I was first aware of PC watercooling around 2000, from a featured rig on "The Screen Savers". I felt that it was cool beyond belief, but probably not something I'd be interested in trying. Watercooling at that time was definitely a DIY affair, usually beginning with a trip to the nearest auto parts store to purchase a Chevette heater core, which happened to be the perfect size to mount two 120mm fans. The waterblock often meant going to a machine shop, though even by that time there were a few places online to get one. Nothing was standard, tubing, clamps, even which additive to put in the cooler was guessed at. Probably the biggest problem was finding a water pump with sufficient flow to make the whole thing practical, usually some kind of pump for a large aquarium.
Not long after that, some companies, including Thermaltake, began putting together some watercooling kits, some even self-contained. Most of them left much to be desired, the best setups were still something pieced together by the enthusiast. These days, there are many kits on the market, most major brands that make cooling products build some kind of watercooling kits.
Up to this point I have yet to try watercooling. I have had a few opportunities to review watercooling systems over the past 6 years, but until earlier this year it just wasn't practical. My main rig was my test rig, and I reviewed a lot of cases, which meant disassembly of the cooling system for nearly every review. I did a fair amount of CPU coolers too, on the average I'd have to take the cooling system down at least once a month.
Today it is much more practical for my checking out watercooling, and our friends at Thermaltake have sent their latest complete watercooling setup, the Bigwater 780e ESA watercooling system. With a 120mm radiator, 530cc reservoir, and 500 L/hr pump, all fitting in three 5 1/4" drive bays, this is Thermaltake's nicest self-contained watercooling system yet. With this being my first attempt at watercooling, it will definitely be interesting. Read on to see whether I succeed, or whether I make one hell of a mess, trashing my motherboard in the process!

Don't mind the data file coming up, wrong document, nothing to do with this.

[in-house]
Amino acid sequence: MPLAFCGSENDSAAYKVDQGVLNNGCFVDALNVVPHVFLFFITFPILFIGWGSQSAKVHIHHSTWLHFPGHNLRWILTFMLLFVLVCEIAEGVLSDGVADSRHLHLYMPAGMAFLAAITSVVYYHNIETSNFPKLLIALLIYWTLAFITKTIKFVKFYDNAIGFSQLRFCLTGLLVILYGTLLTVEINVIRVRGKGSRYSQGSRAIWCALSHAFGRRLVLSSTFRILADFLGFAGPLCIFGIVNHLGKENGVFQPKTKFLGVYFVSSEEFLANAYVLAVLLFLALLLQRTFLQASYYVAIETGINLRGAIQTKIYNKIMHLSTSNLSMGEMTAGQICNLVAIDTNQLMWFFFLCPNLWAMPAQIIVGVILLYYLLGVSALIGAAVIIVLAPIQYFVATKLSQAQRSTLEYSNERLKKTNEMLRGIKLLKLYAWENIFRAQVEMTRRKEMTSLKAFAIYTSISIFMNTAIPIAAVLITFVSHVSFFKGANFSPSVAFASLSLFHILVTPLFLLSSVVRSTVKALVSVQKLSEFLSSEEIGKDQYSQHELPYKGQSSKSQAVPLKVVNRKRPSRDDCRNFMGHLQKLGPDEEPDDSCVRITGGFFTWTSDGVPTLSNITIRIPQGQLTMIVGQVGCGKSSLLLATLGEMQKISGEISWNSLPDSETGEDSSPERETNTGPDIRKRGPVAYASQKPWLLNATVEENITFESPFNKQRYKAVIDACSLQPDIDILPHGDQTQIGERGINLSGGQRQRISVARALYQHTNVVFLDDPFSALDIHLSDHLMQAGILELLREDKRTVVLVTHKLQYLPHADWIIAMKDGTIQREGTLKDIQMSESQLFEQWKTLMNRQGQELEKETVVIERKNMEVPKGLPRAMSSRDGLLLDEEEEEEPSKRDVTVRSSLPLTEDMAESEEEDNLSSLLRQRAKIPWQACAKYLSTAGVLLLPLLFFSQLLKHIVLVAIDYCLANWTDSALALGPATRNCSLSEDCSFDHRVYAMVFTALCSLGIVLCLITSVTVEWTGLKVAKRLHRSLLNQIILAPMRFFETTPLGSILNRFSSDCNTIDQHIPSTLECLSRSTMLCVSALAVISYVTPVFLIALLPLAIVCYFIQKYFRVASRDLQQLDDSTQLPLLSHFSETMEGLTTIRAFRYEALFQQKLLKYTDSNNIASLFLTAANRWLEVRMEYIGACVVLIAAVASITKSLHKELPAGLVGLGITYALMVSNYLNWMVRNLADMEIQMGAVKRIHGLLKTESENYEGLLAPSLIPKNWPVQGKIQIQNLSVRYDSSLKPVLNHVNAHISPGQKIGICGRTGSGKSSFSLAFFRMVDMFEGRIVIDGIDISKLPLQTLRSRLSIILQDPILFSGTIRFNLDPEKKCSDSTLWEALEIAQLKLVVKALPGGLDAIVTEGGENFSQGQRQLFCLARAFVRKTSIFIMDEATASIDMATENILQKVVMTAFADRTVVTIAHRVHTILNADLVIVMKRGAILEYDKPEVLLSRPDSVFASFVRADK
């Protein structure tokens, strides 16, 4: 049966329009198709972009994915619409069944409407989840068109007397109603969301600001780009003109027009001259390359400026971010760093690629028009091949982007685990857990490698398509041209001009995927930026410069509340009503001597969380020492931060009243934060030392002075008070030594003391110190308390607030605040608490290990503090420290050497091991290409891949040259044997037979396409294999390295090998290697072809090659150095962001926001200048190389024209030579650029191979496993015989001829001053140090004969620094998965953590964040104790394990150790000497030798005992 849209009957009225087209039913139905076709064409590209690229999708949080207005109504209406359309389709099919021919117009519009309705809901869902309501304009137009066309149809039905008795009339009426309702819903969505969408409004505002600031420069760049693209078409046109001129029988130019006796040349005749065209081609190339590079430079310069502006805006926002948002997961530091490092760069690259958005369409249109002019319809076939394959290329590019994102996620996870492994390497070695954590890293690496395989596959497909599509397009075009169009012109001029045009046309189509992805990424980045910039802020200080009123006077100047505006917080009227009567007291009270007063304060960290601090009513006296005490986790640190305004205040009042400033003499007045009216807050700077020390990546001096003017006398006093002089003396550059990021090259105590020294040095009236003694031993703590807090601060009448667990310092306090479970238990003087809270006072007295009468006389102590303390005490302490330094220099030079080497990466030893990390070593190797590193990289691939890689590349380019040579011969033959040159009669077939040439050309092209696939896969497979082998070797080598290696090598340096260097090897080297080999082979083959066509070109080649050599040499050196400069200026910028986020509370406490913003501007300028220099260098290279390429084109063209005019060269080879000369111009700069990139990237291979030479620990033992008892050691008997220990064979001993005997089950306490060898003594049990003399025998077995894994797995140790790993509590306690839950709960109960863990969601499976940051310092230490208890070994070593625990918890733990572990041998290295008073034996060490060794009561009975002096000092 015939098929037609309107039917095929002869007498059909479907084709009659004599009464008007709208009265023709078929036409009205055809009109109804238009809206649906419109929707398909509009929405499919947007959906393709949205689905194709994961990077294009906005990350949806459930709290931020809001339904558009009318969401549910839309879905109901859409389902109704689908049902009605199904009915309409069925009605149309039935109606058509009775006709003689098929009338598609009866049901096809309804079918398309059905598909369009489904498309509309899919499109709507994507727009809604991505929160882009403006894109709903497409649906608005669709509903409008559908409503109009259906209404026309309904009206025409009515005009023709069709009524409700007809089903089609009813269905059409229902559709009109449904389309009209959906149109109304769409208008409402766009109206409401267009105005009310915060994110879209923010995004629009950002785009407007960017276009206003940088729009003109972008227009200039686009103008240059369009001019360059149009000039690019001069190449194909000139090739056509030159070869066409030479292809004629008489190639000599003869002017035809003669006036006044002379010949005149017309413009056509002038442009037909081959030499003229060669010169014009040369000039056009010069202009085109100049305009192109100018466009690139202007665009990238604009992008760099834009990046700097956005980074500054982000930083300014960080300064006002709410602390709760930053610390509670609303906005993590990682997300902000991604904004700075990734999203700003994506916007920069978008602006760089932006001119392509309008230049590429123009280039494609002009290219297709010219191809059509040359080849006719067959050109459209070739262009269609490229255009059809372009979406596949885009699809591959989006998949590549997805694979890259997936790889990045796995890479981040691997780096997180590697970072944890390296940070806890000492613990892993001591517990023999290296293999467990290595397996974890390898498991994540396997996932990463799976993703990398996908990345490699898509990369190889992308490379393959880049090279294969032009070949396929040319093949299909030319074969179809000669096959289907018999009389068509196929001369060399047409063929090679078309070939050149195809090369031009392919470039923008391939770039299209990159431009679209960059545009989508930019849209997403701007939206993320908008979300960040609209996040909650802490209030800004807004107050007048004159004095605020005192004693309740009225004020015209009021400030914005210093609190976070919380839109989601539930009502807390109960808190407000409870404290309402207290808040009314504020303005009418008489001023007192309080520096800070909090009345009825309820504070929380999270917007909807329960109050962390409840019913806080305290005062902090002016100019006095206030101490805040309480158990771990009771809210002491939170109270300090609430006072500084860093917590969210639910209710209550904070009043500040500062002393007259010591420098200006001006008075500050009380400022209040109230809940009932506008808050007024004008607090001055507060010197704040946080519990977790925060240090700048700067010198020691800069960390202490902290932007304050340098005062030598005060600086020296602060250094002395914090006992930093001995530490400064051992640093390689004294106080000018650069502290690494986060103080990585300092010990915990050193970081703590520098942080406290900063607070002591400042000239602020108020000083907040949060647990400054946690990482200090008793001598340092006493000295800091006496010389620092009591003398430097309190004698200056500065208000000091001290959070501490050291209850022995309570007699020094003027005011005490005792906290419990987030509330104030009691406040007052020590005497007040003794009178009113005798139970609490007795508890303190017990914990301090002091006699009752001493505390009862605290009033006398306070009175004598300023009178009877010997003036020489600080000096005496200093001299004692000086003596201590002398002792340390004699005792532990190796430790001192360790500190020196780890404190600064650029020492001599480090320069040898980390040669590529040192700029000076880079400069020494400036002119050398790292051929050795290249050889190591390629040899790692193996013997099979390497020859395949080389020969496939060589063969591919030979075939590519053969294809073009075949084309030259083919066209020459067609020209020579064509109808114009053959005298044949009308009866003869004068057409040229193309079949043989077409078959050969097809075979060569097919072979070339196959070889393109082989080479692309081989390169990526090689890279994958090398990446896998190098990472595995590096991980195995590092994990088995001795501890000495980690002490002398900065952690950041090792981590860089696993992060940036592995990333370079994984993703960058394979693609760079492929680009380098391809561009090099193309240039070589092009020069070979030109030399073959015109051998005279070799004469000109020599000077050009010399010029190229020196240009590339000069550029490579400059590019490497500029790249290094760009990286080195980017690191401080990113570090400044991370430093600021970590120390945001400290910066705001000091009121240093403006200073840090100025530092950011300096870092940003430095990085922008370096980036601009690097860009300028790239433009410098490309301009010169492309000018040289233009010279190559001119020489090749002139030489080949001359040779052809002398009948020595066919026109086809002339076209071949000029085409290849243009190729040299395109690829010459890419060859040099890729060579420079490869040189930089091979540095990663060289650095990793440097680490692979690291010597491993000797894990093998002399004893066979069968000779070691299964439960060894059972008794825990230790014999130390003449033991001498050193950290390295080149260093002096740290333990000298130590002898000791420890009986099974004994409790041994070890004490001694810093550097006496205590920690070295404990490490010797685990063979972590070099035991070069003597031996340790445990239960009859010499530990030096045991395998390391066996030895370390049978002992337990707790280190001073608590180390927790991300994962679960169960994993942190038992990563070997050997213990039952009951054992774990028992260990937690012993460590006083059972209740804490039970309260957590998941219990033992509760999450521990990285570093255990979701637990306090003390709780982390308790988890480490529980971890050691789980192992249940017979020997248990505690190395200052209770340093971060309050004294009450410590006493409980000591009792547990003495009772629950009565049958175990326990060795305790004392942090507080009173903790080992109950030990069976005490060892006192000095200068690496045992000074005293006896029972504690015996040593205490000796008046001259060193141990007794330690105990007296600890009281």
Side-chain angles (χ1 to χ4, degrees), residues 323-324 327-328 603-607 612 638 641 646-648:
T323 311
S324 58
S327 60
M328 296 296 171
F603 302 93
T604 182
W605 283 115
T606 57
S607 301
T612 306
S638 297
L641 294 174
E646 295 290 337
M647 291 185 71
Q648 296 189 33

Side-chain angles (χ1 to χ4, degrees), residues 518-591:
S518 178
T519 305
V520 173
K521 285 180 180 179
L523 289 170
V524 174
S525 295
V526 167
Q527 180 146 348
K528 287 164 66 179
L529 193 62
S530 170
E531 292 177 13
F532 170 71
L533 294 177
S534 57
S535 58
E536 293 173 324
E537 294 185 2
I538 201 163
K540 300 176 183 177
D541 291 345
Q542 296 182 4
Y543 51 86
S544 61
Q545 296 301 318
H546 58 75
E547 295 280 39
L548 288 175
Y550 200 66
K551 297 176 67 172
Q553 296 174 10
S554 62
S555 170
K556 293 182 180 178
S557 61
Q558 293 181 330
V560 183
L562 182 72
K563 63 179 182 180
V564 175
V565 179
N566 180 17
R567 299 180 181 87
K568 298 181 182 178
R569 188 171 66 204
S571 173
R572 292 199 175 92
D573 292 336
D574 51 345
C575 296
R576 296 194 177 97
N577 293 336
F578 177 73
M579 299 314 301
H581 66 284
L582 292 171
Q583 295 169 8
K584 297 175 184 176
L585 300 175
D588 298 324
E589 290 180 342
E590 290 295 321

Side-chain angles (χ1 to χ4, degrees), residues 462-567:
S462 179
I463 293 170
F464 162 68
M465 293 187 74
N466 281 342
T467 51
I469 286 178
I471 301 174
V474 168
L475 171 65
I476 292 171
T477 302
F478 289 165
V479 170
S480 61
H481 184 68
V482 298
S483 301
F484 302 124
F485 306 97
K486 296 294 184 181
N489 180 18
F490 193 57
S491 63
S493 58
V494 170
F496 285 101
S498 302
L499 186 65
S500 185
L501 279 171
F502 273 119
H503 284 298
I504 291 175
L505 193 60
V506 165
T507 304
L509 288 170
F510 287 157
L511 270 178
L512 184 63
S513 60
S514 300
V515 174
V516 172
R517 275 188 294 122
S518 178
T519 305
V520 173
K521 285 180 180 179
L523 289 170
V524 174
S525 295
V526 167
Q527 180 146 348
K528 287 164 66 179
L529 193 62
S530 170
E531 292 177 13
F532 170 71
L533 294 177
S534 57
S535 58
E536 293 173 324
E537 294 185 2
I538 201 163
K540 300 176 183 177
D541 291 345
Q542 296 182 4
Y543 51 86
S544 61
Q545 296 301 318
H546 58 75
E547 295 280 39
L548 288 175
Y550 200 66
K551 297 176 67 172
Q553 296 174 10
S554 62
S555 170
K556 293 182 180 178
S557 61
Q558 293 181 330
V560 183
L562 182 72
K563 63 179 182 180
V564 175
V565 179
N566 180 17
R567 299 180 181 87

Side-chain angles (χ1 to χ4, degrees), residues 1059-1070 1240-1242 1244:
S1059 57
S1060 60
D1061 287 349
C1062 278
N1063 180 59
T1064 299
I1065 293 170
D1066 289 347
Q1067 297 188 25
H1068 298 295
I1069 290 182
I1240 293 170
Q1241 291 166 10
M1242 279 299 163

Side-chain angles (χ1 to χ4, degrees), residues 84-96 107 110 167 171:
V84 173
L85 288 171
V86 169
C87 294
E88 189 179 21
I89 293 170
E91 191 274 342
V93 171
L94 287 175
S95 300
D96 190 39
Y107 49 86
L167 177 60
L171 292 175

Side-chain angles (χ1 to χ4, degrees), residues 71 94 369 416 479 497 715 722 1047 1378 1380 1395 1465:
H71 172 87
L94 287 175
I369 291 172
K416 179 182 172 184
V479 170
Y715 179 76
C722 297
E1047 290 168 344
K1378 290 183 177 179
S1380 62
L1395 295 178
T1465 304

The 780e comes in a fairly large box. I didn't photo it, but this box came inside another brown shipping box, perfectly fitted, with a slab of foam in the bottom. The box is the typical Thermaltake black with the orange Thermaltake logo. There is a nice photo of the cooler and waterblock, and a large ESA logo on the front, with detail photos on the rear, along with an explanation of ESA.
Inside the box is thick foam padding, with compartments for the cooler, waterblock, and hardware. The contents should be able to survive a fall from at least a few feet due to the protection.
So what is ESA? ESA stands for Enthusiast System Architecture. We enthusiasts monitor nearly everything in our rigs, temperatures, voltages, clock rates, fan speeds, etc. Unfortunately, there is no single place to monitor it all...we use either CPU-Z or the motherboard's monitoring dashboard for clock speeds, the motherboard's monitoring utility dashboard or third-party software for CPU and NB temps. Usually, but not always, you can also use the dashboard for controlling CPU and chassis fan speeds (if you have connected the chassis fans to the motherboard fan connectors). Video card clock, temperature, and fan speed is usually monitored and controlled by the Catalyst Control Center on Radeon cards, or the nVidia Control Panel on geForce cards, or with a totally separate utility like Asus' Smart Doctor, or with a third-party utility like Rivatuner. PSU voltages are found in the BIOS, or with third-party utilities like SiSoft Sandra. To get S.M.A.R.T. HDD information, you have to use another third party software like Sandra.
nVidia decided that all of this is pretty ridiculous, there has to be a better way for enthusiasts to get their system information. So they came up with ESA, a system of monitoring all system information from one dashboard. Working with their partners, they have developed a really creative and effective system for hardware monitoring. From a single dashboard, you can monitor the CPU, memory, video card, power supply, chassis, water cooling, fan controller, HDD S.M.A.R.T. info, etc.
Our friends at Thermaltake think that ESA is a great idea, and have partnered with nVidia to create ESA-compliant hardware, and have provided some ESA items to ThinkComputers.org. This is the second of three Thermaltake ESA-compliant items, the first was the Tt Armor+ ESA full tower, and last will be a Thermaltake ESA power supply. After the third review, there will be a full-blown article on ESA, so I'm not going to spend much time exploring the ESA aspects of the Bigwater 780e, it will be explained in the ESA article.